I no longer work within the industry, and most of the time I was only connected tangentially to New York. I worked production mostly: books, comics, TCGs, role-playing games, eBooks. It gave me a lot of insight into production schedules and marketing issues. This has not changed what I write at all: even knowing how hard some of my stuff is to market doesn’t change what I’m doing.

Do you have any specific working, writing, researching practices?

I try to write most days: the 250s, if nothing else. I have rules based on what sorts of evasions or cheats I have tried in the past, but the basics are, write 250+ words a day. It can be on an existing project or not. 250s may lead somewhere or they may not, but they are a way of keeping the pump primed. If I stop writing and then try to restart it takes up to three weeks to get things moving again.

There are times I honor this more in the breach: the end of spring semester is always onerous.

When did you realize you wanted to be an author, and what was your first foray into writing? Do you still look back on it fondly?

I was not one of those people who always knew she wanted to write. When I was in my mid-twenties I joined a science-fiction writing group in the Twin Cities, almost by accident. I still have the first thing I wrote for them, printed out in dot matrix and now much faded: three characters (barbarian warrior, feckless princeling, bodyguard/centurion) in a fantasy setting struggling to build a fire in a snowstorm. Lots of atmosphere, lots of undirected interpersonal tension, no plot. It fills me with warm fuzzies, though I never did anything with it except use it as inspiration for cosplay with two friends at GenCon. But writing about winter has remained an interest.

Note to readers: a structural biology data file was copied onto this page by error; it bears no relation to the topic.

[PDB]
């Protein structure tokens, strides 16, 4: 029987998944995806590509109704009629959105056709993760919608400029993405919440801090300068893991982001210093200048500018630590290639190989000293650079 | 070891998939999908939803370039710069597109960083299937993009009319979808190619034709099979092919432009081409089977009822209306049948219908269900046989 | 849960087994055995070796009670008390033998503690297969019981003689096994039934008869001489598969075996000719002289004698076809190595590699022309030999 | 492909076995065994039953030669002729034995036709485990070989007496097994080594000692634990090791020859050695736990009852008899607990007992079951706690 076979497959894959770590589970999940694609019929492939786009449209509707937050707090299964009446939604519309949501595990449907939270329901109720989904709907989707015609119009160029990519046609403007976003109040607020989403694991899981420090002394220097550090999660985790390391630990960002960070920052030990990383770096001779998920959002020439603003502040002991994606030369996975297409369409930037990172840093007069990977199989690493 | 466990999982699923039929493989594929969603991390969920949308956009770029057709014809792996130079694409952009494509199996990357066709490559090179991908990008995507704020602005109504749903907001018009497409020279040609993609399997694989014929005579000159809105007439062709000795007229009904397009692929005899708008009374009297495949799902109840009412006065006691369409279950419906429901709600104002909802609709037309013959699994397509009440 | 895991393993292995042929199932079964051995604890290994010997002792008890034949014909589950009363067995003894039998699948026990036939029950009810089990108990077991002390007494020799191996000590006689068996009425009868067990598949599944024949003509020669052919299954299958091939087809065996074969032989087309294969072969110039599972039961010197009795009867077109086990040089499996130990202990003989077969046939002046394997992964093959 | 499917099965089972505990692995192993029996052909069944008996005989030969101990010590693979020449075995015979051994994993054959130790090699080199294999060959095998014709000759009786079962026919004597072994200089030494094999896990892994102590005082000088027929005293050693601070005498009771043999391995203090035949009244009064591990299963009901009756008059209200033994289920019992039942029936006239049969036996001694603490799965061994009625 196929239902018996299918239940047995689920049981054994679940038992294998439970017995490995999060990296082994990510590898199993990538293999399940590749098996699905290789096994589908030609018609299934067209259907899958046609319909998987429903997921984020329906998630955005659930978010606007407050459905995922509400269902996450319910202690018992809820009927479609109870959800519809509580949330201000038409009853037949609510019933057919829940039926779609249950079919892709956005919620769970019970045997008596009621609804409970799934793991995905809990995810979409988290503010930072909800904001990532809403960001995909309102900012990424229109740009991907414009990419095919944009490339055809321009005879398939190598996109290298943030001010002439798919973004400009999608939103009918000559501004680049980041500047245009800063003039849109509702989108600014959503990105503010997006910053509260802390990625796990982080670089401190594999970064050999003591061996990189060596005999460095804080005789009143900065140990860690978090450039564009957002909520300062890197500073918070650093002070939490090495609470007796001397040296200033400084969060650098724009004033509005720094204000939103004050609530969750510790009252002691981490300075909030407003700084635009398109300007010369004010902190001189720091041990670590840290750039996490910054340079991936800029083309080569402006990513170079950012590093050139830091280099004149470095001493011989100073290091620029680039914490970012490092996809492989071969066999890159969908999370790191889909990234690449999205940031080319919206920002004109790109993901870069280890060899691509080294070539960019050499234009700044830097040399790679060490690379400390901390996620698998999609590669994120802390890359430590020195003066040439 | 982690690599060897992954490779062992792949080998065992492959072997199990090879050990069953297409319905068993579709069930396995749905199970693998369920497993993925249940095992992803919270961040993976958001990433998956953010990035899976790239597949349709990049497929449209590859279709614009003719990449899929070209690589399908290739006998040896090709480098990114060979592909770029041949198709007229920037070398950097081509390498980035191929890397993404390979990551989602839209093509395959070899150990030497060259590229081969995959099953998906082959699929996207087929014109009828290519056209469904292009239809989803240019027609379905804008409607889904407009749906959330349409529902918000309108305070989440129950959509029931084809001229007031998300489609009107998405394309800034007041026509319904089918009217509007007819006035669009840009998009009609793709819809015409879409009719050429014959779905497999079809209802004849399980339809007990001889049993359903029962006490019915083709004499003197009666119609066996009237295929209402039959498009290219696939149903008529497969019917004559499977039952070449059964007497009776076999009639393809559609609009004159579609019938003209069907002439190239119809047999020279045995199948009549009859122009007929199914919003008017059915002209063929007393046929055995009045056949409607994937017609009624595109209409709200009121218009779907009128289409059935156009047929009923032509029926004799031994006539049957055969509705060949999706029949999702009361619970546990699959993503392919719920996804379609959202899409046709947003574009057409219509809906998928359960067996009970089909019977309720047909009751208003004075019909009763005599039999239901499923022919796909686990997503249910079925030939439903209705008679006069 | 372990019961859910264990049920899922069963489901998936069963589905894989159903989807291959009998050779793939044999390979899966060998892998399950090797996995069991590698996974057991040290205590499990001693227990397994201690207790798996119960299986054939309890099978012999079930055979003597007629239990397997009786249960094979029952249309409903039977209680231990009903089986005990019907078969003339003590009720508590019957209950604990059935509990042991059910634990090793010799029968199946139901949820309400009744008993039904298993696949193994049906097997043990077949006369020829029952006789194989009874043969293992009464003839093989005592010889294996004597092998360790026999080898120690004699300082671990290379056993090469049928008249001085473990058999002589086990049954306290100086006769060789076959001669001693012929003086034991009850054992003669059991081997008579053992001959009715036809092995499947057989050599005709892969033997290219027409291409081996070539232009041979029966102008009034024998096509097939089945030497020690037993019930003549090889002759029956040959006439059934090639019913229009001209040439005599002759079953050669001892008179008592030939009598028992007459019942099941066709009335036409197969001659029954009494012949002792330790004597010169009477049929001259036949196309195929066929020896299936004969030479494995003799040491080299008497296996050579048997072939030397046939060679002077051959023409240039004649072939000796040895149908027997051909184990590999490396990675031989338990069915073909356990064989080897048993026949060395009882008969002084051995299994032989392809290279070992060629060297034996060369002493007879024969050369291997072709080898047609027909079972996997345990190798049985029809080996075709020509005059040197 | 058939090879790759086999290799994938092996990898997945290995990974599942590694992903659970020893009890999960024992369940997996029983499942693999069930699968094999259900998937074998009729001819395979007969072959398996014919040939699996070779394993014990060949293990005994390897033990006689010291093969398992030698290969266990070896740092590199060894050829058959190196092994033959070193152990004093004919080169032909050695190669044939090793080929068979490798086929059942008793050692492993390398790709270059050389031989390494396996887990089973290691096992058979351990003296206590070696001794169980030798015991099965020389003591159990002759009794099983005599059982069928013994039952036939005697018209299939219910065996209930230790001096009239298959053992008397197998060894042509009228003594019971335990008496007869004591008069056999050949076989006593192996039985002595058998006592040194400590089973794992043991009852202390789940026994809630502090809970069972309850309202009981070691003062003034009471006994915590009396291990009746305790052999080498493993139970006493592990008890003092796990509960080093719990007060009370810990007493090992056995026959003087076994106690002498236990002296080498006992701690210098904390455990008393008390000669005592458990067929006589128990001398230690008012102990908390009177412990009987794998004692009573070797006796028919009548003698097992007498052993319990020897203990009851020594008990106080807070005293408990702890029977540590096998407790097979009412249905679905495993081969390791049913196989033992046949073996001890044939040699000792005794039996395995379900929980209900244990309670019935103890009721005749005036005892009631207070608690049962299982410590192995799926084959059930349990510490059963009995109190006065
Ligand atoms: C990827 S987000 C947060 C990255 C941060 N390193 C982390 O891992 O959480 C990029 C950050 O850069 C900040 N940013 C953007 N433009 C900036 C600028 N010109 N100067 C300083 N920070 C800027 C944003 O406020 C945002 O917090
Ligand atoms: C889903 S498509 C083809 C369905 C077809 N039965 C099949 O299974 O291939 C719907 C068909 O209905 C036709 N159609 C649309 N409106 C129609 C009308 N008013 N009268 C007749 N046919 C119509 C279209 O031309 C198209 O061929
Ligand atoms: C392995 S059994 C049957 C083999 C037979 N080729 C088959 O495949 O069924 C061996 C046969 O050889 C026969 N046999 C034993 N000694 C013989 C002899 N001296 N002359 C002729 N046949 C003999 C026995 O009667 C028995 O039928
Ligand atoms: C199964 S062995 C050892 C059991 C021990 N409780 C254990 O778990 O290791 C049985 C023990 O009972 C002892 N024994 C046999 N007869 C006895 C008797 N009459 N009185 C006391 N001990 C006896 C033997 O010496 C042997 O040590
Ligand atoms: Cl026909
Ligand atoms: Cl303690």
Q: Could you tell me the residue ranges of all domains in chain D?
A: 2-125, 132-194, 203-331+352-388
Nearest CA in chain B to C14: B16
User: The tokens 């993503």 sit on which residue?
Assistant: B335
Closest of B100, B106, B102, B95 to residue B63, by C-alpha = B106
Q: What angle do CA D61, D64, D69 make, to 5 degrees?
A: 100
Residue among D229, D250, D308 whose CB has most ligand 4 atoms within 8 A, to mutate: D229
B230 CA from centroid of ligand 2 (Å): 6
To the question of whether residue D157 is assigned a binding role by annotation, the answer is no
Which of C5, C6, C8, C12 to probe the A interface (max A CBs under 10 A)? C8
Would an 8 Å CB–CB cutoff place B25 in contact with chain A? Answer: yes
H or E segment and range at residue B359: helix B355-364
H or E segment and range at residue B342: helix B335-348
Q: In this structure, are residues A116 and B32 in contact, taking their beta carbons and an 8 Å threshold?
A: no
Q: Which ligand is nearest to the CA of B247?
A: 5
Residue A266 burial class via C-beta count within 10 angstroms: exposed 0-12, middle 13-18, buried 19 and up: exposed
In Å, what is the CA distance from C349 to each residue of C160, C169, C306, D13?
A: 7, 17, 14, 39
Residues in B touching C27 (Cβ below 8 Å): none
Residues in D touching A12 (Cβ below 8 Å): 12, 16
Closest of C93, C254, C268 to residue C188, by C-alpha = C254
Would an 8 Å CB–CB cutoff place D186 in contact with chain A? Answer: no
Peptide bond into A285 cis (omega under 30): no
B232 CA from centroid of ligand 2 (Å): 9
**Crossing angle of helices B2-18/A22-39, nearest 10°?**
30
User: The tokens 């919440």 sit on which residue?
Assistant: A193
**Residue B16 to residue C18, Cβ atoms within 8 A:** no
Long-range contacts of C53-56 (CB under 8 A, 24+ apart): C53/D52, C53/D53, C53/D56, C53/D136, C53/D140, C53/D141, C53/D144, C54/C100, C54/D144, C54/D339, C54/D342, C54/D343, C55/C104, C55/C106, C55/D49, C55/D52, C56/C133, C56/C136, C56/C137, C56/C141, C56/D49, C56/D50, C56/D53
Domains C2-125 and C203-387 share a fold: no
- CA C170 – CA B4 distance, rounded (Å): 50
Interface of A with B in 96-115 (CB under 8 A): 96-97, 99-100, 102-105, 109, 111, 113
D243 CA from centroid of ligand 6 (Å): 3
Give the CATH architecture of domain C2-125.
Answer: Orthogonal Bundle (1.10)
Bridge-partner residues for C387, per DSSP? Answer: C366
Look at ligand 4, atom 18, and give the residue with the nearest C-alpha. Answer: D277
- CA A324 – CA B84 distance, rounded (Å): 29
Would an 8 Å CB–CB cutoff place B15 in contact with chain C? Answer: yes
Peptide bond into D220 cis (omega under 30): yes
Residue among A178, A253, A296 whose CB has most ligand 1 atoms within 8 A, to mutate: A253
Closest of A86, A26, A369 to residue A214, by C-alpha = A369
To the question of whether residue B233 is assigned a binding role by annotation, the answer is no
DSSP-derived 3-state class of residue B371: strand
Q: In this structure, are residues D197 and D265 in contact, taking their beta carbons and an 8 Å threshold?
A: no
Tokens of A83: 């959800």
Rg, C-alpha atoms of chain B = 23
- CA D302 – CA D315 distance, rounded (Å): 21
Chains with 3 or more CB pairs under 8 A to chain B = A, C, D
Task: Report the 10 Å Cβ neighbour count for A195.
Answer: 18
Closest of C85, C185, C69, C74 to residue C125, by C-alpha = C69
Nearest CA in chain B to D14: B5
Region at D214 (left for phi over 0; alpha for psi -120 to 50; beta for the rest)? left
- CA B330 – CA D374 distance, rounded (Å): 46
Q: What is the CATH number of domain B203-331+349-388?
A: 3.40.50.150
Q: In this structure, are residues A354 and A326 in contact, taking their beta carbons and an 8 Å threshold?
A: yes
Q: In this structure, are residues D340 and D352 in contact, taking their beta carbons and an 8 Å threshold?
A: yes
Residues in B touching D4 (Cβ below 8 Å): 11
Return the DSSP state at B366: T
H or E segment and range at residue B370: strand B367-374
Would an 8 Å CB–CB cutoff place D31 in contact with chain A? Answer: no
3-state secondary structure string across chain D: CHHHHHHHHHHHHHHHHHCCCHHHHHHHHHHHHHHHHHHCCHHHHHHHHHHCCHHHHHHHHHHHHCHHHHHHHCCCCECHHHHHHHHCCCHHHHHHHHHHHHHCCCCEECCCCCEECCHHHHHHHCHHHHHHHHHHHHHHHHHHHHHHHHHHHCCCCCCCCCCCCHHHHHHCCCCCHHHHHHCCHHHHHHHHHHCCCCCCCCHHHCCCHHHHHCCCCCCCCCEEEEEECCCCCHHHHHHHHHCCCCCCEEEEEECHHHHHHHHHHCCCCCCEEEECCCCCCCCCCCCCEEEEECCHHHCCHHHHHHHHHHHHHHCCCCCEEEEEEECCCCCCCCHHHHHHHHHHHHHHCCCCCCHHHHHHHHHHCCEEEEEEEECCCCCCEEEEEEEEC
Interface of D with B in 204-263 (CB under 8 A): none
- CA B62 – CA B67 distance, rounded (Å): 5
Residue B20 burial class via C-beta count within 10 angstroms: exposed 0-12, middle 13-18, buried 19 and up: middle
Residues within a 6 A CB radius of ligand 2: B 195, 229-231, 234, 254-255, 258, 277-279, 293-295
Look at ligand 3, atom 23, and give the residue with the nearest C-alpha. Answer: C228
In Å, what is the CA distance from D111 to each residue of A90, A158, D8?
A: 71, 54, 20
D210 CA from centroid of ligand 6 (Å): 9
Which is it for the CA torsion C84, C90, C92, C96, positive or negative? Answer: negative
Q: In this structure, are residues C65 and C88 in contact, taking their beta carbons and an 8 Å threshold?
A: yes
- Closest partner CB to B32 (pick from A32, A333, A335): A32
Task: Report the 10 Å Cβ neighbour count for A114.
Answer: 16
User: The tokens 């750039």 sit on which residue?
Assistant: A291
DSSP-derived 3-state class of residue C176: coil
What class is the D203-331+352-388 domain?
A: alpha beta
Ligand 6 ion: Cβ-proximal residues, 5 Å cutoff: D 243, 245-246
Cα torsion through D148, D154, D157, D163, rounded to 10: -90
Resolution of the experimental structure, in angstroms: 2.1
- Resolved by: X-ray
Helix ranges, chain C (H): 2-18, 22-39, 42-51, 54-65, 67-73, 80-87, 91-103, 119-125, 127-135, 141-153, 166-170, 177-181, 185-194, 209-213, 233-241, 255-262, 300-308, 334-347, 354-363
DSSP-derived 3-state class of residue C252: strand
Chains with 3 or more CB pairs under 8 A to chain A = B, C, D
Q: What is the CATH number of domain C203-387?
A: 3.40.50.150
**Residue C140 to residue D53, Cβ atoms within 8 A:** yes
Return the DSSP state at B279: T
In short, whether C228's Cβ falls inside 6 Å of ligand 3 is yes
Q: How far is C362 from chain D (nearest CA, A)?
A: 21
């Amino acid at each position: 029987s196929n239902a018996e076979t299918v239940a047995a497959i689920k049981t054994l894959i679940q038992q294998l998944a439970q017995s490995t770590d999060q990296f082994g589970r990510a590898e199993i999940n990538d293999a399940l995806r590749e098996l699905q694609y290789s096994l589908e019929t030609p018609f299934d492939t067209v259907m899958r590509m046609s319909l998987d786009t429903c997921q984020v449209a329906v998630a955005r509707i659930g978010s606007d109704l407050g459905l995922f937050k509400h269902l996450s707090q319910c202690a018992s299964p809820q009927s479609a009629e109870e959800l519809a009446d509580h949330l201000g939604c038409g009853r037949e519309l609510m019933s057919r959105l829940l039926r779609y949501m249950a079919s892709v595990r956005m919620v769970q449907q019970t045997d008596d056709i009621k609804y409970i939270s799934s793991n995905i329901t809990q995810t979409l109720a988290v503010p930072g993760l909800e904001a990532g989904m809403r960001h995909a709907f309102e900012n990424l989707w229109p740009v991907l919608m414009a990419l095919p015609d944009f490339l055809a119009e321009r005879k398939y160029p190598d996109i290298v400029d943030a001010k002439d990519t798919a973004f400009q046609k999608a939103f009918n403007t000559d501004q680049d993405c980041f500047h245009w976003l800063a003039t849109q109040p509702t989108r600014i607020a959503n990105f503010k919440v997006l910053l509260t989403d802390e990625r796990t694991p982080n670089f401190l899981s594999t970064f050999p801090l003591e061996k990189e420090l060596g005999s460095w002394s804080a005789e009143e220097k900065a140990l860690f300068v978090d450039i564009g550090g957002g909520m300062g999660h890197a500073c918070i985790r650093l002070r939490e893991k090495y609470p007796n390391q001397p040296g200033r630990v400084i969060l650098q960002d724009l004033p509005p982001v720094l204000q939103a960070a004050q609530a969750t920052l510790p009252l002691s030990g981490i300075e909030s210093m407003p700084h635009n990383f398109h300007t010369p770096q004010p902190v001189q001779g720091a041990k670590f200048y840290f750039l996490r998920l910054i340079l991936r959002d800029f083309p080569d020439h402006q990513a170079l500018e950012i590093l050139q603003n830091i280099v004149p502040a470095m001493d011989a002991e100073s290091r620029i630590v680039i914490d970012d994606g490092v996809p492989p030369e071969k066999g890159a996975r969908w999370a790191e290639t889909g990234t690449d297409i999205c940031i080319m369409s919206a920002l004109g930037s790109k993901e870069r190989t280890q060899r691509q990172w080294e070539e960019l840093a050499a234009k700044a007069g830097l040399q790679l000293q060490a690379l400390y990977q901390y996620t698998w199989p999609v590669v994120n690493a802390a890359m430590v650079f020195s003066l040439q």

What’s your opinion of the genre today, and where do you see your work fitting into it?

I don’t know how to answer this! Things are changing fast, and SF/F seems to embrace a lot these days — and as literary fiction moves on from the white-guy-angst modernist tradition, I think we are starting to meet in the middle.

Do you have any other projects in the pipeline, and what are you working on at the moment?

I have a short novel coming out from Small Beer Press in 2017, a (sort of) sequel to Kenneth Grahame’s The Wind in the Willows. I am just finishing final revisions, but for once I don’t know what the next project is. I write what entertains me and I am easily bored, so sequels aren’t usually my thing. I want to write some short fiction for while.

SayersD-GaudyNightUSWhat are you reading at the moment (fiction, non-fiction)?

I am reading old mysteries: Ngaio Marsh, Dorothy Sayers, Josephine Tey. The writing is absolutely brilliant. This started when I reread Sayer’s Gaudy Night as “research” for The Dream-Quest of Vellitt Boe, because I wanted to see how she handled her struggling women’s college in 1930s Oxford. But I fell in love (again) with her ability to craft a world and characters. There is so much truly great writing from the first half of the 20th century that isn’t read so much any more.

What’s something readers might be surprised to learn about you?

I have no fear of heights. At all. I am, on the other hand, deeply suspicious of caves.

What are you most looking forward to in the next twelve months?

I can’t wait to see what people think of Vellitt Boe! I loved this character and I hope other people do, too. I am hoping to get to England and Iceland for events this year, and I am doing some really interesting next summer.


Kij Johnson’s The Dream-Quest of Vellitt Boe is published by, on August 16th, 2016. For more on Johnson’s writing and fiction, be sure to check out the author’s website, and follow her on Goodreads.

Leave a Reply

Fill in your details below or click an icon to log in: Logo

You are commenting using your account. Log Out /  Change )

Google photo

You are commenting using your Google account. Log Out /  Change )

Twitter picture

You are commenting using your Twitter account. Log Out /  Change )

Facebook photo

You are commenting using your Facebook account. Log Out /  Change )

Connecting to %s